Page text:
|Publication number||US7431980 B2|
|Application number||US 10/983,535|
|Publication date||7 Oct 2008|
|Filing date||8 Nov 2004|
|Priority date||8 Nov 2004|
|Also published as||CN101065526A, CN101065526B, EP1812637A2, EP1812637A4, EP1812637B1, US20060099393, WO2006052967A2, WO2006052967A3|
|Publication number||10983535, 983535, US 7431980 B2, US 7431980B2, US-B2-7431980, US7431980 B2, US7431980B2|
|Inventors||Daniel Scott Woodman, Venkat Krishna Raghavendran, John Joseph McHugh|
|Original Assignee||Azdel, Inc.|
|Export Citation||BiBTeX, EndNote, RefMan|
|Patent Citations (27), Referenced by (10), Classifications (32), Legal Events (2)|
|External Links: USPTO, USPTO Assignment, Espacenet|
This invention relates generally to porous fiber reinforced thermoplastic polymer sheets, and more particularly to porous fiber reinforced thermoplastic polymer sheets that include natural fibers.
Porous fiber reinforced thermoplastic sheets have been described in U.S. Pat. Nos. 4,978,489 and 4,670,331 and are used in numerous and varied applications in the product manufacturing industry because of the ease of molding the fiber reinforced thermoplastic sheets into articles. Known techniques, for example, thermo-stamping, compression molding, and thermoforming have been used to successfully form articles from fiber reinforced thermoplastic sheets.
Porous fiber reinforced thermoplastic sheets are sometimes formed into decorative interior panels for use in the interior of automobiles, mass transit vehicles, and buildings including commercial buildings and private buildings. Incineration of these decorative panels upon the end of their useful life is made impractical because of the presence of glass fibrous reinforcements.
In one aspect, a composite sheet material is provided. The composite sheet material includes a permeable core that includes discontinuous natural fibers bonded together with a thermoplastic resin. The permeable core has a density from about 0.1 gm/cc to about 1.8 gm/cc, and includes a surface region.
In another aspect, a composite sheet material is provided that includes a porous core. The porous core includes at least one thermoplastic material and from about 20 weight percent to about 80 weight percent of natural fibers based on a total weight of the porous core. The natural fibers include at least one of kenaf fibers, jute fibers, flax fibers, hemp fibers, cellulosic fibers, sisal fibers, and coir fibers.
In another aspect, a method of fabricating a porous, natural fiber-reinforced thermoplastic sheet is provided. The method includes adding natural fibers having an average length of about 5 mm to about 50 mm, and thermoplastic resin powder particles to an agitated aqueous foam to form a dispersed mixture, laying the dispersed mixture of natural fibers and thermoplastic resin particles down onto a wire mesh, evacuating the water to form a web, heating the web above the glass transition temperature of the thermoplastic resin, and pressing the web to a predetermined thickness to form a porous thermoplastic composite sheet having a void content of about 1 percent to about 95 percent of the volume of the composite sheet.
A porous composite thermoplastic sheet containing natural fibers as reinforcement is described below in detail. Natural fiber is selected from variants that offer good dispersion and drainage characteristics in an aqueous foam. Natural fiber reinforcement provides environmental advantages over composite sheets having, for example, glass fiber reinforcement, such as, clean incineration at the end of useful life, and recycle possibilities. Natural fiber reinforcement also provides weight reduction in comparison to glass fibers.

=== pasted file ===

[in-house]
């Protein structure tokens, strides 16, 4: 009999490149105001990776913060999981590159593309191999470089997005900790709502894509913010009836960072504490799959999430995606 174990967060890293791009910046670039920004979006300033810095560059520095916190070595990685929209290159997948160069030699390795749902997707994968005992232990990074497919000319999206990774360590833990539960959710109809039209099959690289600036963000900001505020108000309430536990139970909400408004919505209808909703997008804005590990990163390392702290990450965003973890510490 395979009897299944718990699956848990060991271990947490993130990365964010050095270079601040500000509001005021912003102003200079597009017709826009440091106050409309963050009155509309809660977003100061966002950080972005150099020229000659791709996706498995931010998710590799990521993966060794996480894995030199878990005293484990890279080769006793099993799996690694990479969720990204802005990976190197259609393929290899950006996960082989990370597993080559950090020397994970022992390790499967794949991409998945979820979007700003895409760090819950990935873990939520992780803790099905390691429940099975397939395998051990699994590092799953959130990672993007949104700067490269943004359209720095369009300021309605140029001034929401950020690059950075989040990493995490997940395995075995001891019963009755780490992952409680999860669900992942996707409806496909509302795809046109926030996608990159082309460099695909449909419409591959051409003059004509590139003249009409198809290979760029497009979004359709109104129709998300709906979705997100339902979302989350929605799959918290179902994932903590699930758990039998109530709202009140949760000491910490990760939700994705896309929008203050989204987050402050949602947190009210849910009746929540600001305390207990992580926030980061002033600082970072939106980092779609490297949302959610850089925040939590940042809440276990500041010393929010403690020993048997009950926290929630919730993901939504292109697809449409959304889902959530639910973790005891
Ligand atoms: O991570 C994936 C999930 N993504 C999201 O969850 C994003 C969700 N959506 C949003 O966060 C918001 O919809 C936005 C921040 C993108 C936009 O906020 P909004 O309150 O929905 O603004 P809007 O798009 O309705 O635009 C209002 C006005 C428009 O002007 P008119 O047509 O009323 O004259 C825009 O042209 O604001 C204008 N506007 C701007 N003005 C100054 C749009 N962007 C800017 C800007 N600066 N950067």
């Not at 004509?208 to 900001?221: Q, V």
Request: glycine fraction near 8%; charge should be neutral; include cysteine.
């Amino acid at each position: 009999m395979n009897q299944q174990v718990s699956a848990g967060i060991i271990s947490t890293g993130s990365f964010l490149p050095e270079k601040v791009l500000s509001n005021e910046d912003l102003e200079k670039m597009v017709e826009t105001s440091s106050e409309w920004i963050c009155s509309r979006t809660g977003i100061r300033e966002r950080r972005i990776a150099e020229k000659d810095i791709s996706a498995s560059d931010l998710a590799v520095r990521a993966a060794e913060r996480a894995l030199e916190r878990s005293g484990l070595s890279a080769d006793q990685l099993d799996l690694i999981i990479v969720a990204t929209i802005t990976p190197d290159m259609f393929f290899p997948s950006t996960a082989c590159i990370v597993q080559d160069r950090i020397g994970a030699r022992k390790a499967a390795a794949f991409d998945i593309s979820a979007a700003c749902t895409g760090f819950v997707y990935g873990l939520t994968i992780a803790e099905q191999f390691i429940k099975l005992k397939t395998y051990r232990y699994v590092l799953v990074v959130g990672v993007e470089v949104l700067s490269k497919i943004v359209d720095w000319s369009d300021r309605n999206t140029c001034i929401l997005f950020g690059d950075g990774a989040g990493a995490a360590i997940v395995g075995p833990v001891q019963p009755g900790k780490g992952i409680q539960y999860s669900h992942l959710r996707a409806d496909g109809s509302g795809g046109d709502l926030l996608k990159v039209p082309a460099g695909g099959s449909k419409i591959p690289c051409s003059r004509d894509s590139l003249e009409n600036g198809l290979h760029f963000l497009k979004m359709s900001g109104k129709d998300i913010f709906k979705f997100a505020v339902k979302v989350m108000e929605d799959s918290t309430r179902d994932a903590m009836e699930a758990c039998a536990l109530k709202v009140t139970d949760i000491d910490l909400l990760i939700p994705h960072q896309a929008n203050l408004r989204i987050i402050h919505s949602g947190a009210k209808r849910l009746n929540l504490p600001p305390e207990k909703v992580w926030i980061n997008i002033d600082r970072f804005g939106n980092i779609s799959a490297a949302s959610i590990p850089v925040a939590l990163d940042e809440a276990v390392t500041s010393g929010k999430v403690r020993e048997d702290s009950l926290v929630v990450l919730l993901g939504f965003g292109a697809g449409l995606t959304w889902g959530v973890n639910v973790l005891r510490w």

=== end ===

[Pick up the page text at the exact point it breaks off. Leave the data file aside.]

Referring to the drawing,
Core 12 is formed from a web made up of open cell structures formed by random crossing over of reinforcing natural fibers held together, at least in part, by one or more thermoplastic resins, where the void content of porous core 12 ranges in general between about 1% and about 95% and in particular between about 30% and about 80% of the total volume of core 12. In another embodiment, porous core 12 is made up of open cell structures formed by random crossing over of reinforcing fibers held together, at least in part, by one or more thermoplastic resins, where about 40% to about 100% of the cell structure are open and allow the flow of air and gases through. Core 12 has a density in one embodiment of about 0.1 gm/cc to about 1.8 gm/cc and in another embodiment about 0.3 gm/cc to about 1.0 gm/cc. Core 12 is formed using known manufacturing process, for example, a wet laid process, an air laid process, a dry blend process, a carding and needle process, and other known process that are employed for making non-woven products. Combinations of such manufacturing processes are also useful.
Core 12 includes about 20% to about 80% by weight of natural fibers having an average length of between about 5 mm and about 50 mm, and about 20% to about 80% by weight of a wholly or substantially unconsolidated fibrous or particulate thermoplastic materials, where the weight percentages are based on the total weight of core 12 In another embodiment, core 12 includes about 30% to about 55% by weight of natural fibers. In another embodiment, core 12 includes natural fibers having an average length of between about 5 mm and about 25 mm. Suitable natural fibers include, but are not limited to kenaf fibers, jute fibers, flax fibers, hemp fibers, cellulosic fibers, sisal fibers, coir fibers, and mixtures thereof.
In the exemplary embodiment, natural fibers having an average length of about 5 mm to about 50 mm is added with thermoplastic powder particles, for example polypropylene powder, to an agitated aqueous foam which can contain a surfactant. The components are agitated for a sufficient time to form a dispersed mixture of the natural fibers and thermoplastic powder in the aqueous foam. The dispersed mixture is then laid down on any suitable support structure, for example, a wire mesh and then the water is evacuated through the wire mesh forming a web. The web is dried and heated above the softening temperature of the thermoplastic powder. The web is then cooled and pressed to a predetermined thickness to produce a composite sheet having a void content of between about 1 percent to about 95 percent. In an alternate embodiment, the aqueous foam also includes a binder material.